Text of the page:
When you Google ‘negative friends’ it virtually immediately offers up the highest performing results of the 340,000,000 out there. Of the ones I examined, most offered survival advice – how to cope with or avoid the negative person, and if all else fails, how to dump them and find a new friend.
In my younger days I was a bit of a monkey-see-monkey-do learner. So, if I was with someone who was negative, I would copy the negativity. Once I got good at it, I started working on out-negativing them. That it was contrary to my natural born optimistic and cheerful nature seemed to show how far off course I was. I lacked the self-confidence to be my natural cheerful self. Negative people were cool: they had the political analysis; they were critical of anything the bosses might come up with; they had intimate knowledge of the patterns of conspiracy; I sat at their feet in avid admiration because they knew so much more than I did. Positive and optimistic people were naïve. I did not want to be that. It would not be cool.
One negative man I knew was a very good looking trade unionist in a highly volatile sector in a country in deep political crisis. He was so burdened by his deep appreciation of exactly how bad things were that he virtually walked with a limp. I invited him to be a guest speaker at a joint labour-management conference once, because I was in awe of how serious and critical he was – try as I might, I could NOT out-negative him. I had a wake-up call about him when one of the shop stewards in attendance at the conference asked me, privately, why I would ask such a negative man to come and speak at an event where the agreed intent was on finding areas of common interest in order to rebuild relationships. I said “well, because he’s so high up in the trade union movement and very knowledgeable.” The shop steward’s response was:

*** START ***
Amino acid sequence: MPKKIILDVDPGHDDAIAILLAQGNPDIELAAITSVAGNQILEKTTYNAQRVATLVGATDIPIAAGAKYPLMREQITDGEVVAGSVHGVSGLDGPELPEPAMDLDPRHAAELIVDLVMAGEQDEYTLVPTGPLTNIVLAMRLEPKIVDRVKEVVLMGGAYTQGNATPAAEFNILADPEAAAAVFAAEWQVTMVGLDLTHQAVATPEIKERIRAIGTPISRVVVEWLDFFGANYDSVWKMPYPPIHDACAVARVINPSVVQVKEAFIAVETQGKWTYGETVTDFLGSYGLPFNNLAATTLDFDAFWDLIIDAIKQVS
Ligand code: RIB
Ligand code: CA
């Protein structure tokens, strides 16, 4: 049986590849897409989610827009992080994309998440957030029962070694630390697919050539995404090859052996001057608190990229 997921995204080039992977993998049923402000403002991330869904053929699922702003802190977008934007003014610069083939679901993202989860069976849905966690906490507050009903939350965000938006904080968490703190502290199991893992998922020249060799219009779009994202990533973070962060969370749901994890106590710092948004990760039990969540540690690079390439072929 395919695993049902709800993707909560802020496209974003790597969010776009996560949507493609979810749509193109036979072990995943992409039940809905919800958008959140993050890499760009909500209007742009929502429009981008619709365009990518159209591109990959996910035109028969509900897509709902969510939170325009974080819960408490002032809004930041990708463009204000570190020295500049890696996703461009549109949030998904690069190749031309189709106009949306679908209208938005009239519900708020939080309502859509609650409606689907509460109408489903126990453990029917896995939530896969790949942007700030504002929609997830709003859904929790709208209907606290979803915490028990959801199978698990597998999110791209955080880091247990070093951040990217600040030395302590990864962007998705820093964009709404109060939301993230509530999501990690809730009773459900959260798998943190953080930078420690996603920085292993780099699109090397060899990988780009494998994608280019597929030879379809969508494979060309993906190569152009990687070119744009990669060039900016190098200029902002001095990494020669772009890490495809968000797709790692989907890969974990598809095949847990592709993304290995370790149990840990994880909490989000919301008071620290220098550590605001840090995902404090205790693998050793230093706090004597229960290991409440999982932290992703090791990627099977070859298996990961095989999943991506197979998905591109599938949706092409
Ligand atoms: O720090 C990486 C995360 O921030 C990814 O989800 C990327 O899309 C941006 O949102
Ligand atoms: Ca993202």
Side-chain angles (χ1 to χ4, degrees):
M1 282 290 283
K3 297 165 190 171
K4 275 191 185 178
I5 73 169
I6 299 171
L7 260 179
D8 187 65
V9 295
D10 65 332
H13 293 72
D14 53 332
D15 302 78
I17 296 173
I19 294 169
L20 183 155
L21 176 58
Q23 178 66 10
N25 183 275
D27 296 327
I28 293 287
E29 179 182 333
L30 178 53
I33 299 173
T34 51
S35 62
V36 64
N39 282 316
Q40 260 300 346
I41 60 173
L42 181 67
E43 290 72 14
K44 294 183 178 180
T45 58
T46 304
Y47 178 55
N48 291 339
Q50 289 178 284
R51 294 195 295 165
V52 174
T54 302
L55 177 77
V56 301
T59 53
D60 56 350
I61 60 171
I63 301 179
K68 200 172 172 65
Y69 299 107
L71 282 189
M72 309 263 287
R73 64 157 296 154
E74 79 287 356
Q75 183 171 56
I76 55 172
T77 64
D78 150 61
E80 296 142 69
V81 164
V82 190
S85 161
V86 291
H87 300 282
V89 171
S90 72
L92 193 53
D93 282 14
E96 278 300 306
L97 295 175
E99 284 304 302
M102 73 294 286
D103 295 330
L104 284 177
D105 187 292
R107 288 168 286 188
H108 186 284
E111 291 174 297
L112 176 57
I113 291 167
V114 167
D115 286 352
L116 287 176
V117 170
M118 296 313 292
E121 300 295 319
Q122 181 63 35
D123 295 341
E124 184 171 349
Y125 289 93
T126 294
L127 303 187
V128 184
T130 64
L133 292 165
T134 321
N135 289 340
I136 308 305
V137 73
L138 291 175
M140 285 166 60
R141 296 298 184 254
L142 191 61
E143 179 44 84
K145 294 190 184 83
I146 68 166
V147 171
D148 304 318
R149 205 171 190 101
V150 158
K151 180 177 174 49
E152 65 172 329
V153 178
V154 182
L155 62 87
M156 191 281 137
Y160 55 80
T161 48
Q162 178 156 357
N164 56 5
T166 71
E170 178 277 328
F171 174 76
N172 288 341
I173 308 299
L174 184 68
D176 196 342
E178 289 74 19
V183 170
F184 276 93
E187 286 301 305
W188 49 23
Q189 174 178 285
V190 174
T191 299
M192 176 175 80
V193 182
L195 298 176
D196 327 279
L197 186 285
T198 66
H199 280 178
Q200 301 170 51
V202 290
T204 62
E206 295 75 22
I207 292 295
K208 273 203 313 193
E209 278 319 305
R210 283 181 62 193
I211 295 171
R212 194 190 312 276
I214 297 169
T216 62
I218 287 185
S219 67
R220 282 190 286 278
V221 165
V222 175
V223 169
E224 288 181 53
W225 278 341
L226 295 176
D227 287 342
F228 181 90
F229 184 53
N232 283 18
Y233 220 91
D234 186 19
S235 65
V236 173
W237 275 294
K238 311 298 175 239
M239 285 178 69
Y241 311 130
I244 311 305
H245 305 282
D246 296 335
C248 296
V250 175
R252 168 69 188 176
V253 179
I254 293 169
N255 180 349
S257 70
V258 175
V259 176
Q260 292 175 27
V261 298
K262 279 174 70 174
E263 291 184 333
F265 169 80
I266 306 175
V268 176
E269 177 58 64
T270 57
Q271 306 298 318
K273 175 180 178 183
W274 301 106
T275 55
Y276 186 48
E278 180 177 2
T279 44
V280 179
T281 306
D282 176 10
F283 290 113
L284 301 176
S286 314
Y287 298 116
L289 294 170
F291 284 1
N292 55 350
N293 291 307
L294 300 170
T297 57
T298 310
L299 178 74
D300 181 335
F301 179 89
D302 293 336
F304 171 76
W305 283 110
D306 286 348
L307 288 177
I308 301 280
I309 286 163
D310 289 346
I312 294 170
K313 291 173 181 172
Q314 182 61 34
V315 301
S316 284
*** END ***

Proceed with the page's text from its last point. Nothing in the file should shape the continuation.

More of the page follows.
“We’ll never rebuild this country with people like that on the podium.”
That was a long time ago. Nelson Mandela was still in jail. I found that I struggled to find my feet: if we could not listen to these people with their hyper-critical and humorless analyses, who could we listen to? Who would guide us? I continued for a time to fall victim to negativity – indeed, I would say that I was bullied by such a person, to the extent that I quit my rather lovely job with the business class seats and the five star hotels. But it is what I learned afterwards that is of value:
Avoiding negative people isn’t always possible. Moreover, it changes nothing.
Engaging them ON THEIR NEGATIVITY, now THERE is a courageous act. The first time I tried it was with a very dear friend who had sunken into a negative funk about perpetual frustrating failures in obtaining financing for a project he so firmly believed in. I had recently undertaken the journey of learning to be a coach, and with that, the art of re-framing and the tactic of ‘holding up the mirror’.
Re-framing is where you see, and then point out, the silver lining around the storm cloud.
(“It’s raining AGAIN: I can’t stand it” – re-frame about the rain – “Yes, it’s wonderful how the rain is soaking into the forest floor – we’re bound to see lots of Mayflowers the next time we go for a walk.” OR “Yes, can you imagine how the Musquodoboit River is tumbling downstream – do you want to go kayaking down the rapids when the rain stops?”)
Holding up the mirror is where you give the other person honest and respectful feedback:
“When you keep emphasizing the negative it gives me the impression that you’re never satisfied with anything – that you’re stuck in a miserable life. Is that so?”
“I find it really hard to spend time with you when you’re so negative. Is there something we can do to make our time together more fun?”
That friend I mentioned: He’s lived a difficult life. He’s had more than his fair share of setbacks. Maybe he’s entitled to be negative? On the other hand, does his negativity not hold him back? What I do know is that, since I held up the mirror to him, it has become easy to break the negative spell. I just need to say “Hey! You’re doing that negative thing again”, or “this conversation isn’t enjoyable anymore” and he stops. He rethinks and he re-frames. I’m not claiming that his life has turned around as a result of my actions. What I’m telling you is that there’s no way our friendship will ever flounder on the rocks of negativity because we’ve named it and we have moved on. When it tries to creep back, one of us just has to say ‘it’s B-A-C-K’ and it STOPS. And we laugh, together.
I believe it is better to take the negativity head-on. It takes courage and curiosity.
Courage because the other person may initially escalate the negativity; curiosity because the potential for positive fallout is huge – wouldn’t you like to see where a relationship can go when you work at it, rather than walking away?
© Delphine du Toit 2016